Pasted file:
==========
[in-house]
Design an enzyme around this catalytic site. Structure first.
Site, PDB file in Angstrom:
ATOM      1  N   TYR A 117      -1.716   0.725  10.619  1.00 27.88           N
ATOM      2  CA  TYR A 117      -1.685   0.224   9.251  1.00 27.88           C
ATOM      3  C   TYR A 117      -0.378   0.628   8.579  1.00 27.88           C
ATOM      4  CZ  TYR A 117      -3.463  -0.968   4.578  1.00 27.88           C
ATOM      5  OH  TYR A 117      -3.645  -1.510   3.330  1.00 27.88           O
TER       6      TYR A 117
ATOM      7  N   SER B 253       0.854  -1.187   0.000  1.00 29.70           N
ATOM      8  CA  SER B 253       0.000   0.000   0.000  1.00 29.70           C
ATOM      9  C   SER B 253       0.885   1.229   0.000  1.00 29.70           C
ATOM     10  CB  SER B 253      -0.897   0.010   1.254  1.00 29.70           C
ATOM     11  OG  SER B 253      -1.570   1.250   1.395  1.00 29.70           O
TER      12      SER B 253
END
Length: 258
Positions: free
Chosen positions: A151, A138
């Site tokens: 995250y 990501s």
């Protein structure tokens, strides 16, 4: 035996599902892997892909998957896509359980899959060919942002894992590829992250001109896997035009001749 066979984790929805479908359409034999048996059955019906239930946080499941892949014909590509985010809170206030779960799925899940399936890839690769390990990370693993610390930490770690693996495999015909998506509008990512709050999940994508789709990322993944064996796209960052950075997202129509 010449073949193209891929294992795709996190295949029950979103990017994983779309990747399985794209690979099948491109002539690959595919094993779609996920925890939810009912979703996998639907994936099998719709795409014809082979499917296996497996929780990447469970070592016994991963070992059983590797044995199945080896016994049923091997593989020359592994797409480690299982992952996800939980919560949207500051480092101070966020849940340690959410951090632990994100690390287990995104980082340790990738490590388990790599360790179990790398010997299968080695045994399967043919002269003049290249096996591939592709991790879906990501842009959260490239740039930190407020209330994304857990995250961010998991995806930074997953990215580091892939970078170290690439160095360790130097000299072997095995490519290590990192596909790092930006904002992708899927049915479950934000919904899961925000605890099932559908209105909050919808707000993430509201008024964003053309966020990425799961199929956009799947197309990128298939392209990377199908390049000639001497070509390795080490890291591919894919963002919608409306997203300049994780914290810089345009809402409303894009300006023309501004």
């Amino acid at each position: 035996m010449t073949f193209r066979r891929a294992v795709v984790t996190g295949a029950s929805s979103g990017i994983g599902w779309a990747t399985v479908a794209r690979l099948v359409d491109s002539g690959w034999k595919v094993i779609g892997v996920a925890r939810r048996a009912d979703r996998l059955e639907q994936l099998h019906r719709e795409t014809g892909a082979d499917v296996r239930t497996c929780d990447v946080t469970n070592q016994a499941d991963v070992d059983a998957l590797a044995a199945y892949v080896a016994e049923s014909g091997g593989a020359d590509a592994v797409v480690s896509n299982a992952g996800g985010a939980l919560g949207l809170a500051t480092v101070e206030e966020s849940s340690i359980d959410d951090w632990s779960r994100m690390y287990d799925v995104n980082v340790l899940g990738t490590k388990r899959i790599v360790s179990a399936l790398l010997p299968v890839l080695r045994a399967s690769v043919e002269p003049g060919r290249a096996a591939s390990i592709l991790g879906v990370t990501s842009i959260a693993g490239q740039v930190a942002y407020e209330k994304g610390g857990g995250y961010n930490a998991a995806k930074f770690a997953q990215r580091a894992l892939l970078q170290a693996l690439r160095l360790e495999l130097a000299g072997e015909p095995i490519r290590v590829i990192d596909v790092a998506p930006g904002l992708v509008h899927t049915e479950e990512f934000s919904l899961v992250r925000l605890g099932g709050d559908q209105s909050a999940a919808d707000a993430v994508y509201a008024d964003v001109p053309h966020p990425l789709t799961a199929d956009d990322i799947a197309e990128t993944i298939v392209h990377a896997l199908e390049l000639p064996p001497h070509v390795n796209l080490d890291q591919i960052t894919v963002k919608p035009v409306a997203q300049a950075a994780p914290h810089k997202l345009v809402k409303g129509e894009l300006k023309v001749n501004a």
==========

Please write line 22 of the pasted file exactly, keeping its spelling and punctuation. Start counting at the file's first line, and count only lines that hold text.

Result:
């Amino acid at each position: 035996m010449t073949f193209r066979r891929a294992v795709v984790t996190g295949a029950s929805s979103g990017i994983g599902w779309a990747t399985v479908a794209r690979l099948v359409d491109s002539g690959w034999k595919v094993i779609g892997v996920a925890r939810r048996a009912d979703r996998l059955e639907q994936l099998h019906r719709e795409t014809g892909a082979d499917v296996r239930t497996c929780d990447v946080t469970n070592q016994a499941d991963v070992d059983a998957l590797a044995a199945y892949v080896a016994e049923s014909g091997g593989a020359d590509a592994v797409v480690s896509n299982a992952g996800g985010a939980l919560g949207l809170a500051t480092v101070e206030e966020s849940s340690i359980d959410d951090w632990s779960r994100m690390y287990d799925v995104n980082v340790l899940g990738t490590k388990r899959i790599v360790s179990a399936l790398l010997p299968v890839l080695r045994a399967s690769v043919e002269p003049g060919r290249a096996a591939s390990i592709l991790g879906v990370t990501s842009i959260a693993g490239q740039v930190a942002y407020e209330k994304g610390g857990g995250y961010n930490a998991a995806k930074f770690a997953q990215r580091a894992l892939l970078q170290a693996l690439r160095l360790e495999l130097a000299g072997e015909p095995i490519r290590v590829i990192d596909v790092a998506p930006g904002l992708v509008h899927t049915e479950e990512f934000s919904l899961v992250r925000l605890g099932g709050d559908q209105s909050a999940a919808d707000a993430v994508y509201a008024d964003v001109p053309h966020p990425l789709t799961a199929d956009d990322i799947a197309e990128t993944i298939v392209h990377a896997l199908e390049l000639p064996p001497h070509v390795n796209l080490d890291q591919i960052t894919v963002k919608p035009v409306a997203q300049a950075a994780p914290h810089k997202l345009v809402k409303g129509e894009l300006k023309v001749n501004a």